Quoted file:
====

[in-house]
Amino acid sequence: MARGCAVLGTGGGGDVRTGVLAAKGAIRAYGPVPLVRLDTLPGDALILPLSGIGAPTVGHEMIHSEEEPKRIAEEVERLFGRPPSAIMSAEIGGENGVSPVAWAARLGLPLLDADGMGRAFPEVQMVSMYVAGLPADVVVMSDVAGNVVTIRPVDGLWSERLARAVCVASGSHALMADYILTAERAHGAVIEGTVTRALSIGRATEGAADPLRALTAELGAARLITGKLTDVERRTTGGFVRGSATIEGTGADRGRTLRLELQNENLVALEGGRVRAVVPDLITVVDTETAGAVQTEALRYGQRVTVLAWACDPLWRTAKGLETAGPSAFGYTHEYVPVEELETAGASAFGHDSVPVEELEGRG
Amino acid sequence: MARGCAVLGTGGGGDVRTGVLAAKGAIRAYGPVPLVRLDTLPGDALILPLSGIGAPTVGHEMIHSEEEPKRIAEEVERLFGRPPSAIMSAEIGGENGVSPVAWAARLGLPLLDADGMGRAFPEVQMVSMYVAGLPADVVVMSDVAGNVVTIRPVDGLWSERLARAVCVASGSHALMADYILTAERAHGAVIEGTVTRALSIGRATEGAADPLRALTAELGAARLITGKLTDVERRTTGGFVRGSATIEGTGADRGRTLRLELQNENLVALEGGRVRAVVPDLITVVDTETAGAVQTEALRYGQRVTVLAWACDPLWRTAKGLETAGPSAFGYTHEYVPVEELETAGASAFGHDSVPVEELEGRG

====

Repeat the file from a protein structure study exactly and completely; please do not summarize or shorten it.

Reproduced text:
[in-house]
Amino acid sequence: MARGCAVLGTGGGGDVRTGVLAAKGAIRAYGPVPLVRLDTLPGDALILPLSGIGAPTVGHEMIHSEEEPKRIAEEVERLFGRPPSAIMSAEIGGENGVSPVAWAARLGLPLLDADGMGRAFPEVQMVSMYVAGLPADVVVMSDVAGNVVTIRPVDGLWSERLARAVCVASGSHALMADYILTAERAHGAVIEGTVTRALSIGRATEGAADPLRALTAELGAARLITGKLTDVERRTTGGFVRGSATIEGTGADRGRTLRLELQNENLVALEGGRVRAVVPDLITVVDTETAGAVQTEALRYGQRVTVLAWACDPLWRTAKGLETAGPSAFGYTHEYVPVEELETAGASAFGHDSVPVEELEGRG
Amino acid sequence: MARGCAVLGTGGGGDVRTGVLAAKGAIRAYGPVPLVRLDTLPGDALILPLSGIGAPTVGHEMIHSEEEPKRIAEEVERLFGRPPSAIMSAEIGGENGVSPVAWAARLGLPLLDADGMGRAFPEVQMVSMYVAGLPADVVVMSDVAGNVVTIRPVDGLWSERLARAVCVASGSHALMADYILTAERAHGAVIEGTVTRALSIGRATEGAADPLRALTAELGAARLITGKLTDVERRTTGGFVRGSATIEGTGADRGRTLRLELQNENLVALEGGRVRAVVPDLITVVDTETAGAVQTEALRYGQRVTVLAWACDPLWRTAKGLETAGPSAFGYTHEYVPVEELETAGASAFGHDSVPVEELEGRG